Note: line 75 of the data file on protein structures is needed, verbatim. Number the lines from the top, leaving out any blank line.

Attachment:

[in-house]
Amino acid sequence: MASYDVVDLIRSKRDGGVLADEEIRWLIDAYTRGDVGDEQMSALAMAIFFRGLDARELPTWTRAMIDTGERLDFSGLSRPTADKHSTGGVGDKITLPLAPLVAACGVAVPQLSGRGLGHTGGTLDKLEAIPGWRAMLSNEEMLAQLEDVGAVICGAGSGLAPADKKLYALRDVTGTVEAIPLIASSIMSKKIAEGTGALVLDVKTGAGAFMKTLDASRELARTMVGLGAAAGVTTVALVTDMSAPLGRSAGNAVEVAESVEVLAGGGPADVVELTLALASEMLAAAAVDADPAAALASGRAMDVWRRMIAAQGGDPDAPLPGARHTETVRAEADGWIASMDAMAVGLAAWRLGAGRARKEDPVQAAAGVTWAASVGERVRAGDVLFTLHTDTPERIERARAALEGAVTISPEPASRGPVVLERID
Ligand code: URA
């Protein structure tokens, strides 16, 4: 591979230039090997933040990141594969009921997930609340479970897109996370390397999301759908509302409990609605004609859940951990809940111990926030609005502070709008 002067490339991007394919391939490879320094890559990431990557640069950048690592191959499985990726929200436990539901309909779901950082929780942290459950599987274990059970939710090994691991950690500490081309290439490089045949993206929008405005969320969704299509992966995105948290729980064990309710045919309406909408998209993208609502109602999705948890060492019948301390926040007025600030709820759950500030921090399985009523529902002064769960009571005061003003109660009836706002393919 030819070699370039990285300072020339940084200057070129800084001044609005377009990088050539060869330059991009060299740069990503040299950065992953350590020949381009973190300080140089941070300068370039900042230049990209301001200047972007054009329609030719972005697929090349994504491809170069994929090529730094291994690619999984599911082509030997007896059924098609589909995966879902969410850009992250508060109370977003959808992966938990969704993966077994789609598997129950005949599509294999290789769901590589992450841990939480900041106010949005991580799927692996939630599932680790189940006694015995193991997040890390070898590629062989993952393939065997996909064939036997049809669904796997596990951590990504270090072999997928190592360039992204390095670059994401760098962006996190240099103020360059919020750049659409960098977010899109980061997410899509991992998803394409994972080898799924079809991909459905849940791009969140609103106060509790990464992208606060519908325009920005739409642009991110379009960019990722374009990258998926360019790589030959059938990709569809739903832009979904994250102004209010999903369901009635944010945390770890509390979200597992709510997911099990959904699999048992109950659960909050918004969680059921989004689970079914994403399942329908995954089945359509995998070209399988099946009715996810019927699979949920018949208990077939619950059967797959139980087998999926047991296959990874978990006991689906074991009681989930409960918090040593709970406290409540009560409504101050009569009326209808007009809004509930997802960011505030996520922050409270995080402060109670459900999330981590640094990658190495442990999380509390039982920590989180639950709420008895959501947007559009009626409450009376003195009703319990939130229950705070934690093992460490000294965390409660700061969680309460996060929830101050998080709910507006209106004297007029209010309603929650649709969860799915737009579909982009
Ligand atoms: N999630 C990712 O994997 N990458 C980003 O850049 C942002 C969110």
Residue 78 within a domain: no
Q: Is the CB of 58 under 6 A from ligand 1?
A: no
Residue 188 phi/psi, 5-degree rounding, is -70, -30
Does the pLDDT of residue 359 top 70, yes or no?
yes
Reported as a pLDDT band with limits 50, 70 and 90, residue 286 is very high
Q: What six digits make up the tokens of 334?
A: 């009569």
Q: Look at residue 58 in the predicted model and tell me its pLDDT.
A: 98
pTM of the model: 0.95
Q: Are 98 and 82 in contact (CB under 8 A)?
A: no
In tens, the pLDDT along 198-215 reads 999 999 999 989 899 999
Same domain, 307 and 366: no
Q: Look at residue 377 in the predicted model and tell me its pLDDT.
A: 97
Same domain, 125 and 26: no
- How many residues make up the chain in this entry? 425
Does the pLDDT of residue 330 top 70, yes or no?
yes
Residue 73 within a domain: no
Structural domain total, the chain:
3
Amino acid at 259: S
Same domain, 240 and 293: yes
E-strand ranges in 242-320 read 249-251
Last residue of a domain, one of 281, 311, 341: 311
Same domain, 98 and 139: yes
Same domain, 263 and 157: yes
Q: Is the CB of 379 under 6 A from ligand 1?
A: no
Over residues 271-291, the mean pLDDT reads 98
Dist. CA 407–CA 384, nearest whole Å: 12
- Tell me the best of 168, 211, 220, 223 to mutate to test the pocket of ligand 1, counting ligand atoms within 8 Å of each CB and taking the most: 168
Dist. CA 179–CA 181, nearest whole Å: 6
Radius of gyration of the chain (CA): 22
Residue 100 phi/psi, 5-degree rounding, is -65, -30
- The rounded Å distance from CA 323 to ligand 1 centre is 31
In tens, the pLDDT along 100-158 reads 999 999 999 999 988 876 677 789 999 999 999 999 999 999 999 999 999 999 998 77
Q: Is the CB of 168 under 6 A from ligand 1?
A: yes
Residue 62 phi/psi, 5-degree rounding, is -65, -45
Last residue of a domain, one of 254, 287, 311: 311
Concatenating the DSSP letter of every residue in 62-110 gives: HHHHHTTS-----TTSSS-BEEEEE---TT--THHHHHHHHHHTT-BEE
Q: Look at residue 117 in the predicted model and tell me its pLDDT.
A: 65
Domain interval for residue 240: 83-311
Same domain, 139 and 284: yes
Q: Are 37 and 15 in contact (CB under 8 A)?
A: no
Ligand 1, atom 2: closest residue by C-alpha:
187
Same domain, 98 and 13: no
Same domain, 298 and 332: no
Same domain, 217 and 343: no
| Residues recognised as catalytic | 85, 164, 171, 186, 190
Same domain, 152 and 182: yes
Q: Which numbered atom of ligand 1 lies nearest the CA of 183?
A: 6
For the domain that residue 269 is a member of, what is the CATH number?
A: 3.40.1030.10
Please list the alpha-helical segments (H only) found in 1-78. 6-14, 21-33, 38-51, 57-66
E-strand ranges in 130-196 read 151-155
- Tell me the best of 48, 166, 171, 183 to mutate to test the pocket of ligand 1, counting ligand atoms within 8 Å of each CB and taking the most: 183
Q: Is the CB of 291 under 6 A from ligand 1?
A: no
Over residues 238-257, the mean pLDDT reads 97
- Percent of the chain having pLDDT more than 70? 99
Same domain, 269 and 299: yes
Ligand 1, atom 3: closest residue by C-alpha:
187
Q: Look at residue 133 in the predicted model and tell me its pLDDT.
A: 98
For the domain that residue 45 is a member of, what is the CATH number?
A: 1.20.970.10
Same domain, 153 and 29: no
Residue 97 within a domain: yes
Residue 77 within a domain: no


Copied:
- Percent of the chain having pLDDT more than 70? 99